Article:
Yale Law School: Medicaid Waivers, Prison Health & Reentry (Registration)
A discussion on access to care in prisons, reentry, and Medicaid Waiver Programs will be held on Wednesday, April 20, 2022 at 12:10PM - 1:30PM Eastern Time (US and Canada).
ACCJH: 15th Academic & Health Policy Conference happening April 6-8th
The Conference provides a forum for researchers, clinicians, administrators, educators, policy makers, and grant funding leaders to network, share evidence, and learn about emerging research and relevant policy updates in the field of correctional health care.
Oversight of Criminal Justice
Brennan Center For Justice: The Landscape of Recent State and County Correctional Oversight Efforts
The country currently has about 18 entities overseeing prisons, such as the Correctional Association of New York, the John Howard Association in Illinois, and the Pennsylvania Prison Society. This patchwork of oversight provides insufficient coverage. Over the past few years, despite some stalled legislative efforts to expand oversight bodies, a noteworthy number of states expanded their independent monitoring of state prison facilities and some jurisdictions have instituted new accountability mechanisms for local jails.
NPR: Alleged gangs in the LA Sheriff's Department to be investigated by oversight panel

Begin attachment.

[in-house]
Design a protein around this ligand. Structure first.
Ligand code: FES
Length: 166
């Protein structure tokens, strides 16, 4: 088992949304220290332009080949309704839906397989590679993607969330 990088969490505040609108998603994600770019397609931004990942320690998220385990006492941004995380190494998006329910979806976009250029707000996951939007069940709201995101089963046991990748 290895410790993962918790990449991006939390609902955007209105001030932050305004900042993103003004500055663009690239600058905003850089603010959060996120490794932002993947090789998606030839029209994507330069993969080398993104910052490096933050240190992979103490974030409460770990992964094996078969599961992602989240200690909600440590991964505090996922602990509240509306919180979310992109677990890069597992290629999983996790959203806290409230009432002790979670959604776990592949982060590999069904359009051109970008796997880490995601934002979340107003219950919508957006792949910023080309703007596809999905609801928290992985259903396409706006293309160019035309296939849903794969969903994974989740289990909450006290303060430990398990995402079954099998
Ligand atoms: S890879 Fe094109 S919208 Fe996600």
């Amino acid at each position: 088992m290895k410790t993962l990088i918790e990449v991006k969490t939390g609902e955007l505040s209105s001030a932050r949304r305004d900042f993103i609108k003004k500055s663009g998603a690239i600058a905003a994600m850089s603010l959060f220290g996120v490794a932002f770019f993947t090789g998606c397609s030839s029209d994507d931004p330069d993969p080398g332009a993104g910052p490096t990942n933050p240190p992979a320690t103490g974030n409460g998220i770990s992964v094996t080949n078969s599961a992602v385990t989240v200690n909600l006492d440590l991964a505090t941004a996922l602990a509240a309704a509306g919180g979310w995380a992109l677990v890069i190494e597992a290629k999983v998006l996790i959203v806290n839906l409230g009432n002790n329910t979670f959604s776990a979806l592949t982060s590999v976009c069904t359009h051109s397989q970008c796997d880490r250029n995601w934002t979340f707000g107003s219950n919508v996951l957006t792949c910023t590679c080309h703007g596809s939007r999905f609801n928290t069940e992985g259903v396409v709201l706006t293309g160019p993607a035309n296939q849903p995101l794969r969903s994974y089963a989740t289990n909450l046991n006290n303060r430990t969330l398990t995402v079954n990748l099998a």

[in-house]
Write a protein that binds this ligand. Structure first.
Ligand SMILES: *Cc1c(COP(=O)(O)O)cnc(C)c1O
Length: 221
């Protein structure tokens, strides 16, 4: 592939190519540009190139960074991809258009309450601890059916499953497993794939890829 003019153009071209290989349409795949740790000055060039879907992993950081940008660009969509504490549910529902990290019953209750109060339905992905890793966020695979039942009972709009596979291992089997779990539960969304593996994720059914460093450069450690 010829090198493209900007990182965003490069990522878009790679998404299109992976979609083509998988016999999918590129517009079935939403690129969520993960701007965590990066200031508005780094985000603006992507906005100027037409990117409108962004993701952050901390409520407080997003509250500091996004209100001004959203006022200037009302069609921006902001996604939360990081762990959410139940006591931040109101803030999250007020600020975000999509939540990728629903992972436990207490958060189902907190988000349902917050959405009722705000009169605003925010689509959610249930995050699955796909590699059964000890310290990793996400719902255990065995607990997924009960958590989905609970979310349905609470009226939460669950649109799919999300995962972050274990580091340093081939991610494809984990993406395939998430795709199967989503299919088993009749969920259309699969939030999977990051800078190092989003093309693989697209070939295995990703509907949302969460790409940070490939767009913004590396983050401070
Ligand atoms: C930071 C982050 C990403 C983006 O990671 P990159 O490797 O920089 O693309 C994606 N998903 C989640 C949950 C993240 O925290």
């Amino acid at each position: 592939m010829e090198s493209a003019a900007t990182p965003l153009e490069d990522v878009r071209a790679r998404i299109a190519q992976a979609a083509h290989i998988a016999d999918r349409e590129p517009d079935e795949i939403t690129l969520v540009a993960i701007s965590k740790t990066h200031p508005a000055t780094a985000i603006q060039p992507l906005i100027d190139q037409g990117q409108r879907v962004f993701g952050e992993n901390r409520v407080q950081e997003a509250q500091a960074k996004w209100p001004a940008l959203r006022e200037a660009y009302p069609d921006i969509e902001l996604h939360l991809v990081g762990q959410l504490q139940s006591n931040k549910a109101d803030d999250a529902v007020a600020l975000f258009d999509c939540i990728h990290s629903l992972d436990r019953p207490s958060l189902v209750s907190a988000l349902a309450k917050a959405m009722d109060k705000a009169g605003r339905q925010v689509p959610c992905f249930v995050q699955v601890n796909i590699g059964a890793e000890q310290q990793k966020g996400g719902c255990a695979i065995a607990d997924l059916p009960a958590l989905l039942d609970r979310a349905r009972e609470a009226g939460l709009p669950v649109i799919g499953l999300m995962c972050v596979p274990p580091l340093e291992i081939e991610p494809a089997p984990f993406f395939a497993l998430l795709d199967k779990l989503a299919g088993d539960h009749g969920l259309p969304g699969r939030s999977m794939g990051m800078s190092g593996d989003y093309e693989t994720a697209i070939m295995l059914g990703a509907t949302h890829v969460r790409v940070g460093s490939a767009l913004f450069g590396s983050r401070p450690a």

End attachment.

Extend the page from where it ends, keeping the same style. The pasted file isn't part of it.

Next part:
This week, the civilian oversight board charged with keeping tabs on the Los Angeles County Sheriff's Department (LASD) announced it's launching an investigation into the prevalence of deputy gangs within the department. Gangs have created decades of problems within the department and with how it deals with the citizens of Los Angeles, according to the civilian oversight board. Those problems include claims of discrimination, excessive force and even murder.
The Lens: Two bills before legislature aim to improve prison medical care
The Louisiana Legislature will consider two bills this session that seek to address the troubled state of health care in Louisiana prisons. One, House Bill 175, would eliminate co-pays for incarcerated people, and another, House Bill 517, would create an medical advisory council that would approve health care policies for the Department of Public Safety and Corrections and the hiring of a prison medical director, among other things.